coming from the more moderate nobles, who would not
otherwise have failed to insist upon trying the effect of
bold addresses to the Empress before resorting to any


desperate extremity), Zebek-Dorchi opened his scheme of
revolt, and, if so, of instant revolt ; since any preparations
reported at St. Petersburg would be a signal for the
armies of Russia to cross into such positions from all
5 parts of Asia as would effectually intercept their march.
It is remarkable, however, that with all his audacity and
his reliance upon the momentary excitement of the Kal-
mucks, the subtle prince did not venture, at this stage of
his seduction, to make so startling a proposal as that of

10 a flight to China. All that he held out for the present
was a rapid march to the Temba or some other great
river, which they were to cross, and to take up a strong
position on the farther bank, from which, as from a post
of conscious security, they could hold a bolder language

15 to the Czarina, and one which would have a better chance
of winning a favorable audience.

These things, in the irritated condition of the simple
Tartars, passed by acclamation ; and all returned home-
ward to push forward with the most furious speed the

20 preparations for their awful undertaking. Rapid and
energetic these of necessity were ; and in that degree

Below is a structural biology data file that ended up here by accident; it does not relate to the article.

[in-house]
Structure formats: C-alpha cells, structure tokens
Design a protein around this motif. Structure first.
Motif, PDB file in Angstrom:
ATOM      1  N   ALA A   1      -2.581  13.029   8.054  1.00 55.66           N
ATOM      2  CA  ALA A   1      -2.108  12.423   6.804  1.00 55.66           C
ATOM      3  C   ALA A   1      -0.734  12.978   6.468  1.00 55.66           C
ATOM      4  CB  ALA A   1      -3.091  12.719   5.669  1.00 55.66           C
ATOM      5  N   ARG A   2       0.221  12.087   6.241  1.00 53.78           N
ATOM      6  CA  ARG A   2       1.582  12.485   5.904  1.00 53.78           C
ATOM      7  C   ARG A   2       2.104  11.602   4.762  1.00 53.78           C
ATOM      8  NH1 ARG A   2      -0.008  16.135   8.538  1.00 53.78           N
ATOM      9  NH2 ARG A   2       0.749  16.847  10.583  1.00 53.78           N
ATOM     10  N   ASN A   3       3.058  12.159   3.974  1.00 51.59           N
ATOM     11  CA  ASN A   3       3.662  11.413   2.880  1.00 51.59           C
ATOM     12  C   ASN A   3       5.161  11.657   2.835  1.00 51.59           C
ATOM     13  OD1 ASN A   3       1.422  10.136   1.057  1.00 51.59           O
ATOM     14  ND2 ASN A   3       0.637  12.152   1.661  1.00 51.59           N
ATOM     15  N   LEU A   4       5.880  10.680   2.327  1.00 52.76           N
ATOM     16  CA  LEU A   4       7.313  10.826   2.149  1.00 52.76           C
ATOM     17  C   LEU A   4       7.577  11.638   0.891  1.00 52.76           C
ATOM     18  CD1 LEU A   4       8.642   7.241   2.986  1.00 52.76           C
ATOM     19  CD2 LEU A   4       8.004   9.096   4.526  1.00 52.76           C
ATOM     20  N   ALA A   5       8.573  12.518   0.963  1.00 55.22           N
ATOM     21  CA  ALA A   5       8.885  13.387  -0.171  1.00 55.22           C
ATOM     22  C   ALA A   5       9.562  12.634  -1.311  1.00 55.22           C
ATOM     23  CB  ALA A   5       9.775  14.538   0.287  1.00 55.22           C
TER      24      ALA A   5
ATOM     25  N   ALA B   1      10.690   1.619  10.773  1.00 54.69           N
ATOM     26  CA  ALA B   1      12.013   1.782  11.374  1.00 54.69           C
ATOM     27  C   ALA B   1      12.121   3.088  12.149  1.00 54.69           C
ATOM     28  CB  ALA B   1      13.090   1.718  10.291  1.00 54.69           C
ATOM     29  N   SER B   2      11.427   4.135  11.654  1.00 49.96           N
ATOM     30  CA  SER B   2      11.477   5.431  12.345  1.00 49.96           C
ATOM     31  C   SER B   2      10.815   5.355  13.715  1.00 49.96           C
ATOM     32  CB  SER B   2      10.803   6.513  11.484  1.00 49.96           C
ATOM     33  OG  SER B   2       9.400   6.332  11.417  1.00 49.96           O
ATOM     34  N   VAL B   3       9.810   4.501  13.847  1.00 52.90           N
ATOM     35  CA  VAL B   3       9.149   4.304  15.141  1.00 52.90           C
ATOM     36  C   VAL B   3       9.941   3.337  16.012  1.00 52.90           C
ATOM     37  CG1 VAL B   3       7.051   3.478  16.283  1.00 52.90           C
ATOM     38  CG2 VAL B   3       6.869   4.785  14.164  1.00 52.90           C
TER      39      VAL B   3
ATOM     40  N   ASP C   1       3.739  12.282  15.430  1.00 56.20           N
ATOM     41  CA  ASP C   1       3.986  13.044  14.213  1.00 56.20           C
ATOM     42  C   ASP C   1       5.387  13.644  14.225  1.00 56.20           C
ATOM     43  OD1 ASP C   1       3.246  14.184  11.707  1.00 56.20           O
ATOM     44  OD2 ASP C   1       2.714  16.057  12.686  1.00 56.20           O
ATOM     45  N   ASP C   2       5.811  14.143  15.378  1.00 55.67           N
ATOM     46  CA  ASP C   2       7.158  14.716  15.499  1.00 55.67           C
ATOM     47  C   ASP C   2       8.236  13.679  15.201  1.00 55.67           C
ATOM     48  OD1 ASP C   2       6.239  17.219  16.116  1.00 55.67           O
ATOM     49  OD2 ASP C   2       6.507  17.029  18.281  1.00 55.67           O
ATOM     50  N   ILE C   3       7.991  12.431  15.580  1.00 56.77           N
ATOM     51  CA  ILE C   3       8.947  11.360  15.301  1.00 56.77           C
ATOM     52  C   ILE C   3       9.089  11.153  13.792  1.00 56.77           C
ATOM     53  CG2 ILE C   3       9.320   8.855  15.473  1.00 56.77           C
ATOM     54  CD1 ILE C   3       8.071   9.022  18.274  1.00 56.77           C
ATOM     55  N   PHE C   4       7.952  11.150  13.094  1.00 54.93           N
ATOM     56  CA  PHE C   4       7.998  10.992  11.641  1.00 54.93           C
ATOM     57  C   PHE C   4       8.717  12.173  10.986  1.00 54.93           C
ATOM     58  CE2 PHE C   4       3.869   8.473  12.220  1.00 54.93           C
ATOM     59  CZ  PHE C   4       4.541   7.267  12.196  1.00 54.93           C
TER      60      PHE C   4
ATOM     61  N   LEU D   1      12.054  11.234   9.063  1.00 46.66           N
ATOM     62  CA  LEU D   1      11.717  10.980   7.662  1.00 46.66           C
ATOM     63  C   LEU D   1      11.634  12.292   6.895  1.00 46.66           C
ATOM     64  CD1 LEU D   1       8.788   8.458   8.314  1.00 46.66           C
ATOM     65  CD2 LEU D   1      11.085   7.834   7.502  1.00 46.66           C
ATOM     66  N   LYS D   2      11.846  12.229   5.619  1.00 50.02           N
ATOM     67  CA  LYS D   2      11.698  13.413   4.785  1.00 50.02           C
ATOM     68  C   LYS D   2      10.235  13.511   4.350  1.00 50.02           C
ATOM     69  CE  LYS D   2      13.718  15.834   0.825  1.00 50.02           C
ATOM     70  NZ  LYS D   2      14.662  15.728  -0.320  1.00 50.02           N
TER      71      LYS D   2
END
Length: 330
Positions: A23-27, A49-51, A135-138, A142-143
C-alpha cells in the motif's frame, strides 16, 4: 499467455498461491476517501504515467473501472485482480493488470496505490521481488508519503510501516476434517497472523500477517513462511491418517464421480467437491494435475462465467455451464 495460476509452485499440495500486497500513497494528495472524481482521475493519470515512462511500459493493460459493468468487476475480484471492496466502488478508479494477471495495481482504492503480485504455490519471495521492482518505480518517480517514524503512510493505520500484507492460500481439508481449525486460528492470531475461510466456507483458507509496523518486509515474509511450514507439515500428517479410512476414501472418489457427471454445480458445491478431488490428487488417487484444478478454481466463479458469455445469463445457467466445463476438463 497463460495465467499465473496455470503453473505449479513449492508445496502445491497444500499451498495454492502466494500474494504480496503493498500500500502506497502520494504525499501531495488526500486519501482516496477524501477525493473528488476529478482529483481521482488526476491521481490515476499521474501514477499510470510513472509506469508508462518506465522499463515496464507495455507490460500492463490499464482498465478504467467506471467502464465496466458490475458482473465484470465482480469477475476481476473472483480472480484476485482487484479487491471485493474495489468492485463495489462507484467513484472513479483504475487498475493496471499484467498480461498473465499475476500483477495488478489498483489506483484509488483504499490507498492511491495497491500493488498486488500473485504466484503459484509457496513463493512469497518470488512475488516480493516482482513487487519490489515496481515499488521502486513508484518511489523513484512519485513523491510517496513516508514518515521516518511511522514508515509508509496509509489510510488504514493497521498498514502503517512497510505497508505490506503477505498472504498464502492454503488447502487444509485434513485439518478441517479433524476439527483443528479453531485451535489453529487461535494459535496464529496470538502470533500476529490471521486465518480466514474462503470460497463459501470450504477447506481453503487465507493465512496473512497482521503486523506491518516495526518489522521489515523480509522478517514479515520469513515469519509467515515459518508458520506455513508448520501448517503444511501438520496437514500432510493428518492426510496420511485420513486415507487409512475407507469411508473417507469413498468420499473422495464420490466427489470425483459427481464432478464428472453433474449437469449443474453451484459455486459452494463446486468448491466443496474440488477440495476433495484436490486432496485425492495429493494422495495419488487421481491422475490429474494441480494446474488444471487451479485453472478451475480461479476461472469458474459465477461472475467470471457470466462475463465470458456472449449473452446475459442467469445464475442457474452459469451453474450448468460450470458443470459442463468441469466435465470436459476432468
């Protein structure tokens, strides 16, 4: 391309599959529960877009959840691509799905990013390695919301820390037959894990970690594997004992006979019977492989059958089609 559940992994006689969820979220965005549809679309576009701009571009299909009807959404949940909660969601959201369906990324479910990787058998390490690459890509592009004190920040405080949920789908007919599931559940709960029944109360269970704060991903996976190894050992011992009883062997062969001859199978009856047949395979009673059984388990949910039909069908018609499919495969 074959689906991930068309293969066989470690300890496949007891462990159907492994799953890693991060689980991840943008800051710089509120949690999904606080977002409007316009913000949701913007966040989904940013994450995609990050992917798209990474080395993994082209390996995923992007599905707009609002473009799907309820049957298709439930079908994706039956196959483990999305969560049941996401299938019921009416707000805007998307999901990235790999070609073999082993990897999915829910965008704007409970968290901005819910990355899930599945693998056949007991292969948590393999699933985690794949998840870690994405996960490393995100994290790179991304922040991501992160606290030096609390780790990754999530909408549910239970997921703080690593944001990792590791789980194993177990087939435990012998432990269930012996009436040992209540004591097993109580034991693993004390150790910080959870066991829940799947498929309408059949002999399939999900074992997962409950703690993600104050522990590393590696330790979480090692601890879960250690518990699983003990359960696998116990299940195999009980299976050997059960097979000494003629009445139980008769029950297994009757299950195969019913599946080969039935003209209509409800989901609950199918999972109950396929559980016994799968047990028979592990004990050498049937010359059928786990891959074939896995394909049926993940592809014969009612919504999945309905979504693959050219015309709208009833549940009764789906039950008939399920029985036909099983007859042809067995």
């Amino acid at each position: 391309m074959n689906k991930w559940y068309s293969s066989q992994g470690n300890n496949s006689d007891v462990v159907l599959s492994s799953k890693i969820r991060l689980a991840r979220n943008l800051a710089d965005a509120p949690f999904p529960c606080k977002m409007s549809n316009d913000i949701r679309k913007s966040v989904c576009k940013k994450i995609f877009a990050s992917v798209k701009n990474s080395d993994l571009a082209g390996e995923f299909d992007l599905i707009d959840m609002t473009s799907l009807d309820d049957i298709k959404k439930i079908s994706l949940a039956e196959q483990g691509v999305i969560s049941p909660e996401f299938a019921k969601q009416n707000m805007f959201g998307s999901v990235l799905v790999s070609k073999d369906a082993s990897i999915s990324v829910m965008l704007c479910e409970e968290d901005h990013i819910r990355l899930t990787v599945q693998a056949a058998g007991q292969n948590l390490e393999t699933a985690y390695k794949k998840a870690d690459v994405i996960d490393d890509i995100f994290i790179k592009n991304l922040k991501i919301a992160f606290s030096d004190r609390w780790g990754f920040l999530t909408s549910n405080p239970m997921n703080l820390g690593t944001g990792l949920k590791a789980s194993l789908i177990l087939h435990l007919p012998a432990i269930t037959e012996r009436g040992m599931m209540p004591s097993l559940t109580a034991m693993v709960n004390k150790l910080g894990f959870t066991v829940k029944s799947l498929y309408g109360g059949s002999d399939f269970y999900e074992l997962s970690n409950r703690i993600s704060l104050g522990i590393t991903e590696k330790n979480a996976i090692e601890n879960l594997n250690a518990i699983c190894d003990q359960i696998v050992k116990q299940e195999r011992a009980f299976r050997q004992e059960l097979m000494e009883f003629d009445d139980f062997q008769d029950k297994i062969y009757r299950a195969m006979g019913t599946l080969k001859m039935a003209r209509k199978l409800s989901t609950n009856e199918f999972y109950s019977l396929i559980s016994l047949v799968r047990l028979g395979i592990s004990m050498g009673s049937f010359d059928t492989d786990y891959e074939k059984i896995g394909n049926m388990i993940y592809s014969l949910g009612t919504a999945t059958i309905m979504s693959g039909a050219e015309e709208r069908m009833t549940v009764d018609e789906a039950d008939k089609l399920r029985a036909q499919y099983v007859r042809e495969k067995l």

they became noticeable and manifest to the Russians who
happened to be intermingled with the different hordes,
either on commercial errands, or as agents officially from

25 the Russian Government, some in a financial, others in a
diplomatic character.

Among these last (indeed, at the head of them) was a
Russian of some distinction, by name Kichinskoi a man
memorable for his vanity, and memorable also as one of

30 the many victims to the Tartar revolution. This Kichin-
skoi had been sent by the Empress as her envoy to over-
look the conduct of the Kalmucks. He was styled the
Grand Pristaw, or Great Commissioner, and was univer-
sally known amongst the Tartar tribes by this title. His


mixed character of ambassador and of political surreillant,
combined with the dependent state of the Kalmucks,
gave him a real weight in the Tartar councils, and might